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ANTIMICROBIAL ANALYSIS AND PHYTOCHEMICAL OF Mangifera indica AND Carica papaya LEAVES
MATERIALS AND METHODS
Extraction tank, beakers, measuring cylinder, water bath, tests tubes rack, test tubes, sample pipette, calibration pipette, Bunsen burner, matchet, diesel bunder, separating funnels, spatula, cork borer, refrigerator, meter rule, pencil distiller, eccentric oven, incubator, autoclave, clamp stand, inoculating hoop, spirit lamp, masking tape.
3.1.1 Disposables: Whitman Filter paper, petridishes, face mask, cotton wool, Aluminum foil, filter paper, masking tape, pen, permanent marker, hand gloves, hand towel, injection bottles, stock bottles.
1% Aqueous hydrochloric acid
10% Fenic chloride
Concentrated sulphuric acid
Concentrated hydrochloride acide
Ammonium hydroxide solution
Fehlin chloride A and B
Glacial acetic acid
Sterile distilled water
3.1.4 Media – Nutrient broth
3.1.5 Organisms: Codes
Staplylococcus aurous LIO
Escherichia coli LIO
LIO – locally isolated organism
40 grams of Mangifera indica extract
40 grams of Carica papaya extract
1 gram of methanol, ethylaceta, chloroform and N-hexane fractions of Maifera indica and Carica papaya respectively.
Genterincin injection (80mg/2ml) (control).
3.2.1 Collection of Mangifera indica (mango) and Carica papaya
The fresh leaves of mango and pawpaw were collected in February, 2014 at Uyo, in Uyo Local Government Area of Ikwa Ibom State of Nigeria. Identification Number for Mangifera indica: UUH, No: 3C, Carica papaya: UUH, No: 18A.
3.2.2 Processing of the leaves of Mangifera indica and Carica papaya
The leaves were reduced to smaller sizes using knife and then dried under the sun several days separately. These leaves were further comminuted. The fragments were then stored in a polythene bags free of moisture until required.
600g of the comminuted leaves of Mangifera indica and Carica papaya respectively were macerated separately in methanol (redistilled) 1.5L respectively for 72 hours with intermittent shaking, all in separate tank extract was filtered using cotton wool and the filtrate further filtered using whatma no.1 filter paper to have the methanolic filtrate respectively. The extract were then concentrated to a constant weight. The concentrated extracts were weight separately and stored at 4oC in well closed beakers for further analysis.
3.2.4 Phytochemical screening:
Phytochemical screening for secondary metabolites in the plant were performed using standard procedures as described by (Sofowora 1993, Trease and Evans, 2006) and Harborne 1998 as follows:
184.108.40.206 Test for alkaloids: about 0.5g each of the leave extract was boiled in 5ml of 1% aqueous hydrochloric acid over a steam bath; the clear filtrate was treated with few drops of dragendoff’s reagents. Turbidity or a pink or red precipitate was taken as preliminary evidence for the presence of alkaloids in the extract (Harborne, 1973).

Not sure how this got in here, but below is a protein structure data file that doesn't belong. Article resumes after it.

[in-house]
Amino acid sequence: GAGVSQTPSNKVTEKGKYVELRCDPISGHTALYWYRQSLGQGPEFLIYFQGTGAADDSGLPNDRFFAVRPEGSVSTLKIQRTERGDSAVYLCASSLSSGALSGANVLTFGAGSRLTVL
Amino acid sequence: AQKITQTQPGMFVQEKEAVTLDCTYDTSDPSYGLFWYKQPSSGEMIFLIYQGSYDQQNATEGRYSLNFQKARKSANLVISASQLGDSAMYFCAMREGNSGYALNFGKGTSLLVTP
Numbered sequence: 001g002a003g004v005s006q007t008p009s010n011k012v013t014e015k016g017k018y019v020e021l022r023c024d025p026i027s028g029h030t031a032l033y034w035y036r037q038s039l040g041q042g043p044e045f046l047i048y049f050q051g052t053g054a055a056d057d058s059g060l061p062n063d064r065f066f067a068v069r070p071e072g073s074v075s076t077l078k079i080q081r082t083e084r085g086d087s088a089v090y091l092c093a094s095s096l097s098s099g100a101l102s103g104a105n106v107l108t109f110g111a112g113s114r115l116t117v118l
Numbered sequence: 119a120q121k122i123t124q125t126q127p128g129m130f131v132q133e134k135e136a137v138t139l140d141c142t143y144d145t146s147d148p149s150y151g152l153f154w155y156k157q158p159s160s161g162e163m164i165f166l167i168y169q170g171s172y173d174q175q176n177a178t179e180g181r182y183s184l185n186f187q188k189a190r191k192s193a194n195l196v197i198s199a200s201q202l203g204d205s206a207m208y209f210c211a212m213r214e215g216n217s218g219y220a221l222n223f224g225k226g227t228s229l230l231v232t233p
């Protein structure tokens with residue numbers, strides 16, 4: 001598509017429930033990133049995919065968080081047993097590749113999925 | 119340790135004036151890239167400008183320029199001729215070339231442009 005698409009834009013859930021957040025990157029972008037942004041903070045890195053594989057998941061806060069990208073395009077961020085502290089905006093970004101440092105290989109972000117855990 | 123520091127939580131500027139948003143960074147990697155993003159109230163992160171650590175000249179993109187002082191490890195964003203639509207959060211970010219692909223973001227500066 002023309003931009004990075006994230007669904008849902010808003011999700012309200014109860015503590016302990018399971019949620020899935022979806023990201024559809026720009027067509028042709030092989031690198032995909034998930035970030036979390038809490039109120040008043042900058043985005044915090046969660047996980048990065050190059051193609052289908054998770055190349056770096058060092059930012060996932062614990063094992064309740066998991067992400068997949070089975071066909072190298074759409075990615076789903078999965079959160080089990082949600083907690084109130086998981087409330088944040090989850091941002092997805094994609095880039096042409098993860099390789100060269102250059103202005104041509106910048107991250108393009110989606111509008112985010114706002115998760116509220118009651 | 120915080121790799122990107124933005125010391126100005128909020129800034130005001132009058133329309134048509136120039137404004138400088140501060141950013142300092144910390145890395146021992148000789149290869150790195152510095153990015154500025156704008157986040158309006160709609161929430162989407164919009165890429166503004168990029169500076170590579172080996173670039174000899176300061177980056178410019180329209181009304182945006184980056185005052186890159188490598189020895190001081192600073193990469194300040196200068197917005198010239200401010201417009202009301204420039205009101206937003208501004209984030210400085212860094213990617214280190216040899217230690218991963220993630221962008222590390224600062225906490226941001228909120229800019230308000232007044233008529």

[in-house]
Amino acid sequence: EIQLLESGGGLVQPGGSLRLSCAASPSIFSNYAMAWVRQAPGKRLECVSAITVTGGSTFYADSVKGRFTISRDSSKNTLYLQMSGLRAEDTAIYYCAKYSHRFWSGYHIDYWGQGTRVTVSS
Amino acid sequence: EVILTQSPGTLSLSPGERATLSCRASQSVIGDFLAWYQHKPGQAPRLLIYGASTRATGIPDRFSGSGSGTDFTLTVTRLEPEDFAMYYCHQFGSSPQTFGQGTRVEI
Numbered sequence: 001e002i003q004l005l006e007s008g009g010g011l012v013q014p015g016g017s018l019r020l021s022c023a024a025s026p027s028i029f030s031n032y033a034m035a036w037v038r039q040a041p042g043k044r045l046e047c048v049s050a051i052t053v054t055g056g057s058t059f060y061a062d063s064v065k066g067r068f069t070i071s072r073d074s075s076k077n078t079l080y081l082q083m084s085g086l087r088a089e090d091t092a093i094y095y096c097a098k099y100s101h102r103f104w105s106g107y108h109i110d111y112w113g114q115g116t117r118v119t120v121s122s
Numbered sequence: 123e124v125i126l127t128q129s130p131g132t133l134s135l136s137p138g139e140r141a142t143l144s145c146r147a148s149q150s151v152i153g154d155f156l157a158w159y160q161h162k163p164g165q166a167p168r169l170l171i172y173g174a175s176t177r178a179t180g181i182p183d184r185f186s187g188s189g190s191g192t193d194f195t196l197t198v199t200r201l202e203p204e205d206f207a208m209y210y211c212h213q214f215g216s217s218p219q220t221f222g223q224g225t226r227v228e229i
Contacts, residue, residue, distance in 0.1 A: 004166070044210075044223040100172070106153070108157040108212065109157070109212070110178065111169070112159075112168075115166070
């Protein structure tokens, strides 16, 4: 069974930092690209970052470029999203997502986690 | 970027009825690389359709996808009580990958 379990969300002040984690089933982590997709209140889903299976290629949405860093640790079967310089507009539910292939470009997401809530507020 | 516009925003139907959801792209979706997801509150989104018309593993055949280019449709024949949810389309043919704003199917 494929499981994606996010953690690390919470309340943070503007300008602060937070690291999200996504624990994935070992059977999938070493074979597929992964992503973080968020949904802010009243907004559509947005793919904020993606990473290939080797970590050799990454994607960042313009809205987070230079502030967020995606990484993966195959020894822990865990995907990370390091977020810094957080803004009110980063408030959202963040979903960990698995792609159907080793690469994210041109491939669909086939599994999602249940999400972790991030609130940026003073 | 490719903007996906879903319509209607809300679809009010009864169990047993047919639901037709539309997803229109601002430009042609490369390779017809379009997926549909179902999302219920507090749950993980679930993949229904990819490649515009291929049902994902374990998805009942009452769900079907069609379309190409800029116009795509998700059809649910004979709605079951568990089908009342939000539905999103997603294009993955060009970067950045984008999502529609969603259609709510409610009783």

220.127.116.11 Test for tannins: about 0.5g of each leaves extract was strived with 5ml of distilled water, 5% ferric chloride was added to the filtrates separately. A blue black, green or blue green precipitate was taken as evidence for the presence of tannins (Trease and Evans, 1989).
Test for anthraquinones: About 0.5g of each of the leaves extract was boiled with 5ml of 10% sulfuric acid and filtered while hot. The filtrates were each shaken with 2.5ml benzene, the benzene layers were separately and half it own volume of 10% ammonia solution added
A pink, red or violet coloration in the ammonia phase (lower phrase) indicated the presence of anthraquinone derivative in the extract (Trease et al, 1989).
18.104.22.168 Test for flavonoids: Fe pieces of magnesium metal was added to 5ml of the leave extract plus conc Hcl. The precipitated was taken as evidence of preliminary presence of flavonoids (Trease et al, 1989).
22.214.171.124 Test for saponins: About 0.5g of each plant leaves was shaken with water in a test tube frothing which persisted on warning was taken as a preliminary evidence for the presence of saponins (Wall et al, 1952).
About 0.5g of each extract was added to about 5ml mixture of 5% sodium bicarbonate and Fehling’s solution and boiled. Presence of the brown precipitated was taken as evidence for the presence of saponin.
126.96.36.199 Test for cardiac glycosides: Lieberman’s test: 0.5g of plant leaves extracts were dissolved in 2ml of acetic anhydride and cooled well in ice. Sulphuric acid was then careful added. A color change from violet to blue green indicated the presence of a steroidal nucleus Shoppee, 1964).
Keller –Killiani test: About 0.5g leaves extract was dissolved in 2ml of glacial acetic acid containing one drop of ferric chloride solution. This was then underplayed with 1ml concentrated sulfuric acid. A brown ring at interface indicated the presence of deoxy sugar of cardenolide.
188.8.131.52 Test for terpenoids: A little of each portion was dissolved in ethanol. To it 1ml of acetic anhydride was added to each followed by the addition of conc. H2SO4, a change in colour from pink to violet showed the presence of terpenoids (Sofowora, 1993).
3.2.5 Partitioning fro both Mangifera indica and Carica papaya:
About 40g of Mangifera indica and Carica papaya crude extract was dissolved separately in 300ml of methanol and 100ml of water was then added to the crude extract. The methanolic aqueous extract was them introduced into the separating funnel in the clamp; the following solvents were added separately in decreasing order of polarity; ethyl acetate, chloroform, and n-hexane to have the different fractions. The solvent portions were carefully collected into a beaker and concentrated to dryness to yield the various fraction extracts.
The procedures were repeated and each extract fractions stored in clean and well closed beaker at 4oc in a refrigerator for further evaluation.
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